Sitting to-day in the sunshine
    That touched me with fingers of love,
I thought of the manifold blessings
    God scatters on earth, from above;
And they seemed, as I numbered them over,
    Far more than we merit, or need,
And all that we lack is the angels
    To make earth a heaven indeed.

The winter brings long, pleasant evenings,
    The spring brings a promise of flowers
That summer breathes into fruition;
    And autumn brings glad, golden hours.
The woodlands re-echo with music,
    The moonbeams ensilver the sea;
There is sunlight and beauty about us,
    And the world is as fair as can be.

But mortals are always complaining!
    Each one thinks his own a sad lot,
And forgetting the good things about him,
    Goes mourning for those he has not.
Instead of the star-spangled heavens,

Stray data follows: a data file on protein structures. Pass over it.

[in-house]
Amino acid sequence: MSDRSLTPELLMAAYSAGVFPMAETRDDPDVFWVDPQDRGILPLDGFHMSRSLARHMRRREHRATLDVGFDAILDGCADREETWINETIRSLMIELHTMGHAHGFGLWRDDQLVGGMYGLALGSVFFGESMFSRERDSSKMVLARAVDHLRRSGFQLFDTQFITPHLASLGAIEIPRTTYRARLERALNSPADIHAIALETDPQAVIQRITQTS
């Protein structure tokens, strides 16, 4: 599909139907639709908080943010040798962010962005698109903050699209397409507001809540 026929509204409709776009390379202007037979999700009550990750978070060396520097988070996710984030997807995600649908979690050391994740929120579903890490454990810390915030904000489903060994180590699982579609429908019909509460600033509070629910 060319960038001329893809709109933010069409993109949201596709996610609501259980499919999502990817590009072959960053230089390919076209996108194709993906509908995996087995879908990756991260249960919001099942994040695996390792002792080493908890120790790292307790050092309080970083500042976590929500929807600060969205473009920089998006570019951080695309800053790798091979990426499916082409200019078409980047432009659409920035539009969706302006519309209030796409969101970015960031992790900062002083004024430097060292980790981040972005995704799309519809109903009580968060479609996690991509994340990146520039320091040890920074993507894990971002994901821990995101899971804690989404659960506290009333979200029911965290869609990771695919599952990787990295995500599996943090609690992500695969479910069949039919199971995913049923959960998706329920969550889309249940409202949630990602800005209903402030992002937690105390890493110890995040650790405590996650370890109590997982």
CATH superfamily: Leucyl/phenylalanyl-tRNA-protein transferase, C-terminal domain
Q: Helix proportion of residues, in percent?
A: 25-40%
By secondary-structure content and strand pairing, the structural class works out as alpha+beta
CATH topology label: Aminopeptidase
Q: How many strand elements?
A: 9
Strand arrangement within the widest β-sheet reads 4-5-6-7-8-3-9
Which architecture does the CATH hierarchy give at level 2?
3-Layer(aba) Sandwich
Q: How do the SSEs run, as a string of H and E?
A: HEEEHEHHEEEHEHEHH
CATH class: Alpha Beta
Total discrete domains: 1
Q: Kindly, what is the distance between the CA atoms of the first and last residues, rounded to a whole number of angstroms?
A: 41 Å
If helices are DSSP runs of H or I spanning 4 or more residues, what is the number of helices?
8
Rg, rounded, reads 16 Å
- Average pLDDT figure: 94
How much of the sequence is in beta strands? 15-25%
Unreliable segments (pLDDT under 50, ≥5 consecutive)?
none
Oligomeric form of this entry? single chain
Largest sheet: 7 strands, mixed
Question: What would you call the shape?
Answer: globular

We look on the dust at our feet;
We drain out the cup that is bitter,
    Forgetting the one that is sweet.

We mourn o'er the thorn in the flower,
    Forgetting its odor and bloom;
We pass by a garden of blossoms,
    To weep o'er the dust of the tomb.
There are blessings unnumbered about us--
    Like the leaves of the forest they grow;
And the fault is our own--not the Giver's--
    That we have not Eden below.

Maurine by Ella Wheeler
Milwaukee: Cramer, Aikens & Cramer, 1876.

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